5 Questions with Alfiya Battalova, Evaluation Manager

Alfiya Battalova is the newest member of the Pacific AIDS Network team, joining us as Evaluation Manager. Alfiya has a PhD in Disability Studies from the University of Illinois at Chicago, has worked at UBC’s Department of Occupational Science and Therapy as a Research Coordinator, at the Social Planning and Research Council of BC, and Spinal Cord Injury BC. Read about other members of our team in the Meet the People at PAN series.


What sparked your interest in working in the HIV or hepatitis C community?

I have always been interested in research that focuses on the issues of health and social justice because of the strong connection between research/evaluation and its potential to make a difference. Evaluation for me is a powerful way to sustain a program/initiative that makes a positive change and identify ways for improving it. I am quite excited about a multidisciplinary nature of HIV/hepatitis C research and evaluation (education, human rights, public health), its collaborative approach and an opportunity to apply a variety of evaluation tools and frameworks depending on the project.


What kind of impact do you hope your work has on the “real world”?

HIV and hepatitis C research and evaluation highlights the importance of broader issues of inequality, such as stigma, access to health care, housing, and socioeconomic disparities. In other words, HIV/hepatitis C research and evaluation is critical for highlighting the systemic issues that require policy solutions. But it also brings forward the lived experiences that require more individualized and community-based solutions. For example, to address the problem of stigma that people living with HIV/AIDS/hepatitis C experience, it is important to focus not only on discrimination and access to services but also on the internalized stigma and its psychological impacts on the individual.


How do you engage the community in your work?

As someone with a background in Disability Studies, the principle of Nothing About Us, Without Us is very important to me. One of the ways to implement this principle in research and evaluation is to ensure that communities and people affected by this research and evaluation are driving the process of identifying the areas of inquiry, data collection, and knowledge translation. I am very excited that PAN weaves in the voices from the community in every aspect of its work.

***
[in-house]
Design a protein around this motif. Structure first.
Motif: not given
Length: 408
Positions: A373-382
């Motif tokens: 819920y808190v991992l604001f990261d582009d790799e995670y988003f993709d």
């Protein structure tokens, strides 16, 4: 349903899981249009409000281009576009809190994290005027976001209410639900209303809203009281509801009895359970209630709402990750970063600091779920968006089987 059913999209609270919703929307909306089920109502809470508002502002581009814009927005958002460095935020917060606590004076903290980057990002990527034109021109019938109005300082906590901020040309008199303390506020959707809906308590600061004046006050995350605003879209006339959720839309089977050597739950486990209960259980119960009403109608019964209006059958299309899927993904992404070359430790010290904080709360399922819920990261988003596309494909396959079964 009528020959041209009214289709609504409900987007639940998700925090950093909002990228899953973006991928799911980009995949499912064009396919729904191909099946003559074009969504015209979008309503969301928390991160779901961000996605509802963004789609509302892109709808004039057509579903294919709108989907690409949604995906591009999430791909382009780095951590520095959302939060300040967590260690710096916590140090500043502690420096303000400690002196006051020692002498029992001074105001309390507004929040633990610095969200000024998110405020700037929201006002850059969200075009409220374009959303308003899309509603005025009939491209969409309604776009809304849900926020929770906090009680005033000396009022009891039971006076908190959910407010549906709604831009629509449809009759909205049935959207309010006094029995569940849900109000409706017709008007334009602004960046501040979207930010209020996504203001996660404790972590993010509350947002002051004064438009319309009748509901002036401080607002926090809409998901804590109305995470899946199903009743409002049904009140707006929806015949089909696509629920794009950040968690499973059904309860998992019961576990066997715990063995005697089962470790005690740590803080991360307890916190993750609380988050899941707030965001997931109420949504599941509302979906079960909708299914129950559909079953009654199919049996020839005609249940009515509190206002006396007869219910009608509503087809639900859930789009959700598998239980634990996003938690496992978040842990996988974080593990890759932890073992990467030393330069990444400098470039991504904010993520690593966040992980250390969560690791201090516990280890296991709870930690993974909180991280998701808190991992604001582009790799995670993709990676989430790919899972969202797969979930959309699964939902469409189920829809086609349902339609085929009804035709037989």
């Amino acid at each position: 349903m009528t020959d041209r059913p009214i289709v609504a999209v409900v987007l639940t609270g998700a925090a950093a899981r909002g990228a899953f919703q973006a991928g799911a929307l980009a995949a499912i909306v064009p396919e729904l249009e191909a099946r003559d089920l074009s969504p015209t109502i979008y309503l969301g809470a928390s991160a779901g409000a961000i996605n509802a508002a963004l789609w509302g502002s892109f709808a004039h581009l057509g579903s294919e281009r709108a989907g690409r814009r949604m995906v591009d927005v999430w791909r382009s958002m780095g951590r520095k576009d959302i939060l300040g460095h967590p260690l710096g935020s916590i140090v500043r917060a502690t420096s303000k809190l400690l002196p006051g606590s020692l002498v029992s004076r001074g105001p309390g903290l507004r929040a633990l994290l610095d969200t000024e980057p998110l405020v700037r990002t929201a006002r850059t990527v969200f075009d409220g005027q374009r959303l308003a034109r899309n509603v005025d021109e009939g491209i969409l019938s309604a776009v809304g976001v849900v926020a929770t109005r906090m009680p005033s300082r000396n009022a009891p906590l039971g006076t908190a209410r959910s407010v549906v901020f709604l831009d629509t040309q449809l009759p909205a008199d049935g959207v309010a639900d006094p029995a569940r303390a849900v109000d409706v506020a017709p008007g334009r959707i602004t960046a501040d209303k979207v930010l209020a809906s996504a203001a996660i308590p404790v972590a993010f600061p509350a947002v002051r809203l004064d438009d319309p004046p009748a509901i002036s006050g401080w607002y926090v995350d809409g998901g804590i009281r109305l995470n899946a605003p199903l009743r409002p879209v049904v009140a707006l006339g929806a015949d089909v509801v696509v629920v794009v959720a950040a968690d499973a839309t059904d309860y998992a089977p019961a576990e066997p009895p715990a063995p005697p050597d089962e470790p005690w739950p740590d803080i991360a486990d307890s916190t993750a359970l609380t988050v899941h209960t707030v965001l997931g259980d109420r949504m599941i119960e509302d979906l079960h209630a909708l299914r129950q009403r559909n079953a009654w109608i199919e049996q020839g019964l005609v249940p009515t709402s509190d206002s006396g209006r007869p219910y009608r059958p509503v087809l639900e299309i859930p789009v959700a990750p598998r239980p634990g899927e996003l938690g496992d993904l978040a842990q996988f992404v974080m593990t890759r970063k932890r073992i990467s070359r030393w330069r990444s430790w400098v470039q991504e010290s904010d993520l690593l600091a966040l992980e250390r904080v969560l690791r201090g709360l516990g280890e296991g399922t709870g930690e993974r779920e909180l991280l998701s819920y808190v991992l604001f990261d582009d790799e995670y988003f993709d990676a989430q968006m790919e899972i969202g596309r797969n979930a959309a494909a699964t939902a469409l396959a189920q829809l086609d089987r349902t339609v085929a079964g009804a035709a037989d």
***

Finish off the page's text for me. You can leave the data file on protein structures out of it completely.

I have been working on the issue of power differentials in healthcare sector, and one of the things that I believe can help shift the conversation about devaluation of knowledge from the affected communities is epistemic humility, the idea that all knowledge is partial and that lived experience is as valuable as any other more traditional types of knowledge.


If you had unlimited funds, what parts of community work would you invest in? (research, outreach, training, etc.)

It would be so hard to choose. I believe in the importance of targeting multiple areas to achieve sustained and meaningful change. However, any programs and interventions need to be evidence-based, so if I want to ensure their success, I would certainly start with research.
In terms of the specific areas of research, I would invest in the areas that go hand in hand with HIV/AIDS and hepatitis C research, namely, the research on social determinants of health. I believe that without addressing the broader issues that community might face (e.g., housing, transportation, health care system), we cannot develop comprehensive solutions. As well, I would also invest in interdisciplinary evaluation approaches. For example, arts-based methods can be particularly powerful in uncovering hidden perspectives and in empowering participants.


If you were able to choose, what is the natural talent or superpower you’d like to be gifted with and why?

Probably, it would be a natural ability to learn multiple languages. I think that speaking multiple languages not only allows you to connect to people in a more authentic way, but also rewires our brain, expands our thinking and increases appreciation for cultural diversity in a more meaningful way.